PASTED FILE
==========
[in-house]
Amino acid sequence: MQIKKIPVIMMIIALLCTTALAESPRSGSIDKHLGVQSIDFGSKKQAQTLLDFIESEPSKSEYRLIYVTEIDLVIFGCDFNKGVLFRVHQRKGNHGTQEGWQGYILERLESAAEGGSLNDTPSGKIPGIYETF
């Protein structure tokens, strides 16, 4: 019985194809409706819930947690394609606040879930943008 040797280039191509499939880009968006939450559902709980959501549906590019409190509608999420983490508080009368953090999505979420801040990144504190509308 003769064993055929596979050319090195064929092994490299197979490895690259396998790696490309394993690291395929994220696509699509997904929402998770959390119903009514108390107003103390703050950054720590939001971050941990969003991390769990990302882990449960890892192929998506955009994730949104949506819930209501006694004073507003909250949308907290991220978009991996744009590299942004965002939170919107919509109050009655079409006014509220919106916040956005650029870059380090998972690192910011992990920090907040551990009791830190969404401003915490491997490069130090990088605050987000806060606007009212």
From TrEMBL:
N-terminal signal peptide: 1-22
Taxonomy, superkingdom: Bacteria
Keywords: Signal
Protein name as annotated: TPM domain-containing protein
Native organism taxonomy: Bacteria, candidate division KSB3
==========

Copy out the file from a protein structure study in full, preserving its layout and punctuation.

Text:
[in-house]
Amino acid sequence: MQIKKIPVIMMIIALLCTTALAESPRSGSIDKHLGVQSIDFGSKKQAQTLLDFIESEPSKSEYRLIYVTEIDLVIFGCDFNKGVLFRVHQRKGNHGTQEGWQGYILERLESAAEGGSLNDTPSGKIPGIYETF
């Protein structure tokens, strides 16, 4: 019985194809409706819930947690394609606040879930943008 040797280039191509499939880009968006939450559902709980959501549906590019409190509608999420983490508080009368953090999505979420801040990144504190509308 003769064993055929596979050319090195064929092994490299197979490895690259396998790696490309394993690291395929994220696509699509997904929402998770959390119903009514108390107003103390703050950054720590939001971050941990969003991390769990990302882990449960890892192929998506955009994730949104949506819930209501006694004073507003909250949308907290991220978009991996744009590299942004965002939170919107919509109050009655079409006014509220919106916040956005650029870059380090998972690192910011992990920090907040551990009791830190969404401003915490491997490069130090990088605050987000806060606007009212």
From TrEMBL:
N-terminal signal peptide: 1-22
Taxonomy, superkingdom: Bacteria
Keywords: Signal
Protein name as annotated: TPM domain-containing protein
Native organism taxonomy: Bacteria, candidate division KSB3